abstract = {{In budget games, players compete over resources with finite budgets. For every resource, a player has a specific demand and as a strategy, he chooses a subset of resources. If the total demand on a resource does not exceed its budget, the utility of each player who chose that resource equals his demand. Otherwise, the budget is shared proportionally. In the general case, pure Nash equilibria (NE) do not exist for such games. In this paper, we consider the natural classes of singleton and matroid budget games with additional constraints and show that for each, pure NE can be guaranteed. In addition, we introduce a lexicographical potential function to prove that every matroid budget game has an approximate pure NE which depends on the largest ratio between the different demands of each individual player.}},
author = {{Drees, Maximilian and Feldotto, Matthias and Riechers, Sören and Skopalik, Alexander}},
issn = {{1382-6905}},
journal = {{Journal of Combinatorial Optimization}},
publisher = {{Springer Nature}},
title = {{{Pure Nash equilibria in restricted budget games}}},
doi = {{10.1007/s10878-018-0269-7}},
year = {{2018}},
}
@phdthesis{19604,
author = {{Li, Shouwei}},
title = {{{Parallel fixed parameter tractable problems}}},
doi = {{10.17619/UNIPB/1-252}},
year = {{2017}},
}
@inproceedings{2851,
author = {{Markarian, Christine}},
booktitle = {{International Conference on Operations Research (OR)}},
location = {{Berlin}},
title = {{{Leasing with Uncertainty}}},
doi = {{10.1007/978-3-319-89920-6_57}},
year = {{2017}},
}
@inproceedings{24398,
abstract = {{Through this study, we introduce the idea of applying scheduling techniques to allocate spatial resources that are shared among multiple robots moving in a static environment and having temporal constraints on the arrival time to destinations. To illustrate this idea, we present an exemplified algorithm that plans and assigns a motion path to each robot. The considered problem is particularly challenging because: (i) the robots share the same environment and thus the planner must take into account overlapping paths which cannot happen at the same time; (ii) there are time deadlines thus the planner must deal with temporal constraints; (iii) new requests arrive without a priori knowledge thus the planner must be able to add new paths online and adjust old plans; (iv) the robot motion is subject to noise thus the planner must be reactive to adapt to online changes. We showcase the functioning of the proposed algorithm through a set of agent-based simulations.}},
author = {{Khaluf, Yara and Markarian, Christine and Simoens, Pieter and Reina, Andreagiovanni}},
booktitle = {{International Conference on Practical Applications of Agents and Multi-Agent Systems (PAAMS 2017)}},
issn = {{0302-9743}},
title = {{{Scheduling Access to Shared Space in Multi-robot Systems}}},
doi = {{10.1007/978-3-319-59930-4_12}},
year = {{2017}},
}
@inproceedings{112,
abstract = {{We study a model of selfish resource allocation that seeks to incorporate dependencies among resources as they exist in in modern networked environments. Our model is inspired by utility functions with constant elasticity of substitution (CES) which is a well-studied model in economics. We consider congestion games with different aggregation functions. In particular, we study $L_p$ norms and analyze the existence and complexity of (approximate) pure Nash equilibria. Additionally, we give an almost tight characterization based on monotonicity properties to describe the set of aggregation functions that guarantee the existence of pure Nash equilibria.}},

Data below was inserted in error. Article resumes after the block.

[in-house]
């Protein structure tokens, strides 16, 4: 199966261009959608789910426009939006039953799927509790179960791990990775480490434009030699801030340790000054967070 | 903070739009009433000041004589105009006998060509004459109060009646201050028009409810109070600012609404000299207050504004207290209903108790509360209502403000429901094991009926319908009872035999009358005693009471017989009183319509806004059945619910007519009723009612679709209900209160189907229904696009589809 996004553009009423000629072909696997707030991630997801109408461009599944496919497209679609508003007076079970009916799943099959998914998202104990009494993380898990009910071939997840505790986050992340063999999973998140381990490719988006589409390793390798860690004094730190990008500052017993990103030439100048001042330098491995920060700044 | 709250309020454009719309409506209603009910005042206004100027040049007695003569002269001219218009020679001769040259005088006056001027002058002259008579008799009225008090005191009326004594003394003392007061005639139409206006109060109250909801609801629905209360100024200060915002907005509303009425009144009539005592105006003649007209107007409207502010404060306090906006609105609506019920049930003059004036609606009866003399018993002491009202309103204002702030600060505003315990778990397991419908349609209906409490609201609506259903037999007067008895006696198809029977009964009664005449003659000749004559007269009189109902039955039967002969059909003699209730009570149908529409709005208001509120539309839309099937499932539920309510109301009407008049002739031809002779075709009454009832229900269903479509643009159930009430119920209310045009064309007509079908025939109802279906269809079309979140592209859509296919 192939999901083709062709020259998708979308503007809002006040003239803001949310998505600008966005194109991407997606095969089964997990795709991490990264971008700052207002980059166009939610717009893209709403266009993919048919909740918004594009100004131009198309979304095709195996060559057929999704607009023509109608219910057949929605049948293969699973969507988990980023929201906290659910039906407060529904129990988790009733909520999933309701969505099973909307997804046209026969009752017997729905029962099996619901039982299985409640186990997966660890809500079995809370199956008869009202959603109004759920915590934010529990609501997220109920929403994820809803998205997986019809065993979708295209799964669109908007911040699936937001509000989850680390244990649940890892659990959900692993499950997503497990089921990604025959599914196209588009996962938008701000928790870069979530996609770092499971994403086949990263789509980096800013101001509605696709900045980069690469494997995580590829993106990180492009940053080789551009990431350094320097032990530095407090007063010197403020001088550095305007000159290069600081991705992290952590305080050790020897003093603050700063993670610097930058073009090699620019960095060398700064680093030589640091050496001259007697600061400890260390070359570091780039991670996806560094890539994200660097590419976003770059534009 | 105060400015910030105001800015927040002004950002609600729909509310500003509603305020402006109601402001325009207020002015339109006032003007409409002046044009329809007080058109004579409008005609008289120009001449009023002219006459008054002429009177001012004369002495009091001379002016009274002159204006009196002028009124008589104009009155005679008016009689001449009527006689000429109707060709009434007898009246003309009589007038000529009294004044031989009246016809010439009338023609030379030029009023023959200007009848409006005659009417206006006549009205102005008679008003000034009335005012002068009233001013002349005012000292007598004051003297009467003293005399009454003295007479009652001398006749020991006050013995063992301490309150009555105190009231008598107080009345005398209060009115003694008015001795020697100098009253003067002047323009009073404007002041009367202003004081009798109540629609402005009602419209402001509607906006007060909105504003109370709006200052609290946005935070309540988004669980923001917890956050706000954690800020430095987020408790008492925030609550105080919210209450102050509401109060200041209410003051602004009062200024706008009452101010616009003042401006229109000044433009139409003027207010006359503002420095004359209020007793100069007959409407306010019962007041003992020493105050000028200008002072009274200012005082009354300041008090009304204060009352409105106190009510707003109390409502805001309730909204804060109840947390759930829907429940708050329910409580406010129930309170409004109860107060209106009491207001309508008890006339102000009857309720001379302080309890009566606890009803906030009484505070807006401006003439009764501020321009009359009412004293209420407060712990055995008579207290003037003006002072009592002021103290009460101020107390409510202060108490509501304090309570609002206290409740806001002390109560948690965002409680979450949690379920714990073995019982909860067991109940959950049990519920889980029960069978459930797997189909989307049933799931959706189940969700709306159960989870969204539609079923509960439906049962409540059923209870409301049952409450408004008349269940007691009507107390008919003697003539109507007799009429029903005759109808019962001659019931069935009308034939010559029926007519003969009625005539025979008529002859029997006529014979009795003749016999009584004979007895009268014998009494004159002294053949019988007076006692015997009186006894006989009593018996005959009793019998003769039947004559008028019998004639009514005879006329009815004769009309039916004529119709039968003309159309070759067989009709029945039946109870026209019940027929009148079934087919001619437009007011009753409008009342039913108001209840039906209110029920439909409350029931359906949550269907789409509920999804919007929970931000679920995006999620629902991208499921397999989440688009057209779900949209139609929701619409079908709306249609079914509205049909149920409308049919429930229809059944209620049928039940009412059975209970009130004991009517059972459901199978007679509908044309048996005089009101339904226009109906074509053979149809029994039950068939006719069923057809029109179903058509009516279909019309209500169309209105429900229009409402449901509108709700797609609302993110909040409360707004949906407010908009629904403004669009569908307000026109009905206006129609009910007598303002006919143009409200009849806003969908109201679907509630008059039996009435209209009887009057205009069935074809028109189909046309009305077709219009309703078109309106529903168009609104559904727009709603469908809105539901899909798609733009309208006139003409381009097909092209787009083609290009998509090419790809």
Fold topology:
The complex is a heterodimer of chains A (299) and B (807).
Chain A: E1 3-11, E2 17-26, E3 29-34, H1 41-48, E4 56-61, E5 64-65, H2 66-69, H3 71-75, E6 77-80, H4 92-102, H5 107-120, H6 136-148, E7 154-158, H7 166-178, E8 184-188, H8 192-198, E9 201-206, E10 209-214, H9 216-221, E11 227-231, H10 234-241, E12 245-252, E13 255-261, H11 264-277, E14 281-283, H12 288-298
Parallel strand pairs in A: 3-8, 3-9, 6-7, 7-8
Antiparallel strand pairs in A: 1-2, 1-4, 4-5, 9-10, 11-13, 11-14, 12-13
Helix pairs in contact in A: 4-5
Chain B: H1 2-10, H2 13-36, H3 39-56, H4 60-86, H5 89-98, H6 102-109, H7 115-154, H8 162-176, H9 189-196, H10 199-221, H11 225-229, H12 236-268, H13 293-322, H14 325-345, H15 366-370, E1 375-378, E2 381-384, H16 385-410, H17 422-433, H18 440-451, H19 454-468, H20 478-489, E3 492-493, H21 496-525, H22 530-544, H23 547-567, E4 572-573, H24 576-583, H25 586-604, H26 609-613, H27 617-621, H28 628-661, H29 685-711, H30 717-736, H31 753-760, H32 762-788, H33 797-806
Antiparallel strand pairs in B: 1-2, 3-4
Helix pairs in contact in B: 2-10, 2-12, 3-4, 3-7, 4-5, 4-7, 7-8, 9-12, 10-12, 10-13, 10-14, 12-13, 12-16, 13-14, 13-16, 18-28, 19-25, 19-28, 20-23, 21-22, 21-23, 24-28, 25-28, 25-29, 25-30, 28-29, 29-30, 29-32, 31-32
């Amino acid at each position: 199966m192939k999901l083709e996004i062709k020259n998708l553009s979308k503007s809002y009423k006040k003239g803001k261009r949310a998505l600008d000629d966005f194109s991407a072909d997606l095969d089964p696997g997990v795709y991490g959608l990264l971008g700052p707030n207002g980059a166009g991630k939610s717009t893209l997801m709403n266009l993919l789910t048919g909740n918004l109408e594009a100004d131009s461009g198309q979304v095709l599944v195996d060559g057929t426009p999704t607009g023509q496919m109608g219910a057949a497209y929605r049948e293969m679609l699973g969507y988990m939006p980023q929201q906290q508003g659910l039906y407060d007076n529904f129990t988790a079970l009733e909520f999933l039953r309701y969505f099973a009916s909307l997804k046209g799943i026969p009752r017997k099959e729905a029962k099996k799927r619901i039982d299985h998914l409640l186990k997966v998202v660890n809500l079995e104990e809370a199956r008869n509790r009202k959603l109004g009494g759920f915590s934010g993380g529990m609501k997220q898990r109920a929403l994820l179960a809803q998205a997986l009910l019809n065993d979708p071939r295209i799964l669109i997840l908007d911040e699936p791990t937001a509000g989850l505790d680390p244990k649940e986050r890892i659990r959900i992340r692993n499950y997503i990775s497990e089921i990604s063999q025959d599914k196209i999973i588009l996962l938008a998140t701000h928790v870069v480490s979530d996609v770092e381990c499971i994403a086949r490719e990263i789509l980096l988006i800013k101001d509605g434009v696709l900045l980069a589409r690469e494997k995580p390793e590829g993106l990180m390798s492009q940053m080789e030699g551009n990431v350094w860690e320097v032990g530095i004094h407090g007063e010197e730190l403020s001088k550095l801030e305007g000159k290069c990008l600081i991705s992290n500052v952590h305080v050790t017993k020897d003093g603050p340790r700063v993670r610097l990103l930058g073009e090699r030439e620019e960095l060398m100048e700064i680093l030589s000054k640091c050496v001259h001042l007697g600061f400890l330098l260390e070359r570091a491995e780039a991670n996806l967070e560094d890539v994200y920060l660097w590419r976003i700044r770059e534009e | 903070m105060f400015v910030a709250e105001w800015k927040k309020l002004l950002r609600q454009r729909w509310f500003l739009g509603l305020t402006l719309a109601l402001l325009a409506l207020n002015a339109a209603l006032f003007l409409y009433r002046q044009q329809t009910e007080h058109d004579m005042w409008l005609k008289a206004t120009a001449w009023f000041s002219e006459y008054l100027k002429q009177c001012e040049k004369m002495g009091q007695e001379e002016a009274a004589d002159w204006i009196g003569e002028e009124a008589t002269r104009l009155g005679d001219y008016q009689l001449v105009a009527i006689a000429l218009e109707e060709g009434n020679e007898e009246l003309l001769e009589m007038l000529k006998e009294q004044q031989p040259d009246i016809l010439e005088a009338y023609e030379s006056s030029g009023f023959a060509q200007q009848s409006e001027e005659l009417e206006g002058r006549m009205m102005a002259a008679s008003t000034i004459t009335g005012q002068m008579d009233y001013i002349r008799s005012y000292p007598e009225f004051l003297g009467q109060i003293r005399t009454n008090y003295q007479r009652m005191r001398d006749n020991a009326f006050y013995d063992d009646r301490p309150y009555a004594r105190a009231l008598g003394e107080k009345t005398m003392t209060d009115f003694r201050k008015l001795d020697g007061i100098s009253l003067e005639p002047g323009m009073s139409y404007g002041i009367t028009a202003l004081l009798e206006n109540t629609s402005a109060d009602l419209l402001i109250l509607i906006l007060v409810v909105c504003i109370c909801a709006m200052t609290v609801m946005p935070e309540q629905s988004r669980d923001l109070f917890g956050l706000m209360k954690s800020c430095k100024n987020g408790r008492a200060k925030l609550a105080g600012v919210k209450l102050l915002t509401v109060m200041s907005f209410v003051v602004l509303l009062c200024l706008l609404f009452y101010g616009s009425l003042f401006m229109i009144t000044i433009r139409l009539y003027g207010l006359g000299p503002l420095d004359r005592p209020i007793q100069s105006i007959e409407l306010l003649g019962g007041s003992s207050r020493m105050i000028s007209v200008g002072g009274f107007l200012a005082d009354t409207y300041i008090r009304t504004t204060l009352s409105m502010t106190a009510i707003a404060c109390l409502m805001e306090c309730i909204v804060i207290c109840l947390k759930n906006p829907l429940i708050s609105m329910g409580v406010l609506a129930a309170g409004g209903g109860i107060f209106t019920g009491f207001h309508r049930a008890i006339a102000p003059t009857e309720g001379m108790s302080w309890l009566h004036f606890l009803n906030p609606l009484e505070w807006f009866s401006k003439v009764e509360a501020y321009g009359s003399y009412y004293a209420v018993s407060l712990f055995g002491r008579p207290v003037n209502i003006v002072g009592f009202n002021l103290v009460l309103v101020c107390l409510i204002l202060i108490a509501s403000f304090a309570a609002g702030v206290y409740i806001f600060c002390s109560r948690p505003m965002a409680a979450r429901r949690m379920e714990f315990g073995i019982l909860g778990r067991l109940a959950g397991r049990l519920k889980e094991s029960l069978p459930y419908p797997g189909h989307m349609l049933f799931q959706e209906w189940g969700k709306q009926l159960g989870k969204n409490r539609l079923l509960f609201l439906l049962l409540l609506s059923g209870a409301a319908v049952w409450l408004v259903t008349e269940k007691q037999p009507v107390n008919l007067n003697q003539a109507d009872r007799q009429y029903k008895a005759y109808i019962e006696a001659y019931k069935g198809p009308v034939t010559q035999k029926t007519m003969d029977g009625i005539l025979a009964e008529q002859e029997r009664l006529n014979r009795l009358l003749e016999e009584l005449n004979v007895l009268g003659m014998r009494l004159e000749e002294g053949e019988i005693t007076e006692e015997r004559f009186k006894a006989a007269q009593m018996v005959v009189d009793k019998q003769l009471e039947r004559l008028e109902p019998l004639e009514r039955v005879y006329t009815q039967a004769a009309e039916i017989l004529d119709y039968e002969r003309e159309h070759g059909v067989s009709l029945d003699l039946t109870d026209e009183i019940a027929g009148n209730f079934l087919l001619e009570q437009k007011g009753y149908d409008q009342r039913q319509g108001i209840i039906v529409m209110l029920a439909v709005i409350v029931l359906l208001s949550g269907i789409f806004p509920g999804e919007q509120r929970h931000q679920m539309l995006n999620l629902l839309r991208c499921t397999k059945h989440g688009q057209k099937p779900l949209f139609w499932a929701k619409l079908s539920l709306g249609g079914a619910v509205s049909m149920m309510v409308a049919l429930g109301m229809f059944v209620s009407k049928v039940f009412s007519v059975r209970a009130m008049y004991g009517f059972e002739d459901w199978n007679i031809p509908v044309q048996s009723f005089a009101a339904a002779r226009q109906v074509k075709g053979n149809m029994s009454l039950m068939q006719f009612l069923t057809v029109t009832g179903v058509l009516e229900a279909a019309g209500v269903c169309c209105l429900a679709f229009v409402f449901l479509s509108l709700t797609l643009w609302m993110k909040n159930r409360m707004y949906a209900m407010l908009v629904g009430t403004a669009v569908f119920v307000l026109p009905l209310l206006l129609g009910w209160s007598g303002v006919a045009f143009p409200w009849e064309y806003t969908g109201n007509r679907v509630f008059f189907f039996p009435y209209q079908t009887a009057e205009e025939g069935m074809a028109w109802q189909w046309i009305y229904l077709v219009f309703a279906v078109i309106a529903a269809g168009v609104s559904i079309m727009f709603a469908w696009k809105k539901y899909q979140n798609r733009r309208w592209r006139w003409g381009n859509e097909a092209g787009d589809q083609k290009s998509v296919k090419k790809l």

author = {{Feldotto, Matthias and Leder, Lennart and Skopalik, Alexander}},
booktitle = {{Proceedings of the 10th International Conference on Algorithms and Complexity (CIAC)}},
pages = {{222----233}},
title = {{{Congestion Games with Complementarities}}},
doi = {{10.1007/978-3-319-57586-5_19}},
year = {{2017}},
}
@inproceedings{113,
abstract = {{We study the computation of approximate pure Nash equilibria in Shapley value (SV) weighted congestion games, introduced in [19]. This class of games considers weighted congestion games in which Shapley values are used as an alternative (to proportional shares) for distributing the total cost of each resource among its users. We focus on the interesting subclass of such games with polynomial resource cost functions and present an algorithm that computes approximate pure Nash equilibria with a polynomial number of strategy updates. Since computing a single strategy update is hard, we apply sampling techniques which allow us to achieve polynomial running time. The algorithm builds on the algorithmic ideas of [7], however, to the best of our knowledge, this is the first algorithmic result on computation of approximate equilibria using other than proportional shares as player costs in this setting. We present a novel relation that approximates the Shapley value of a player by her proportional share and vice versa. As side results, we upper bound the approximate price of anarchy of such games and significantly improve the best known factor for computing approximate pure Nash equilibria in weighted congestion games of [7].}},
author = {{Feldotto, Matthias and Gairing, Martin and Kotsialou, Grammateia and Skopalik, Alexander}},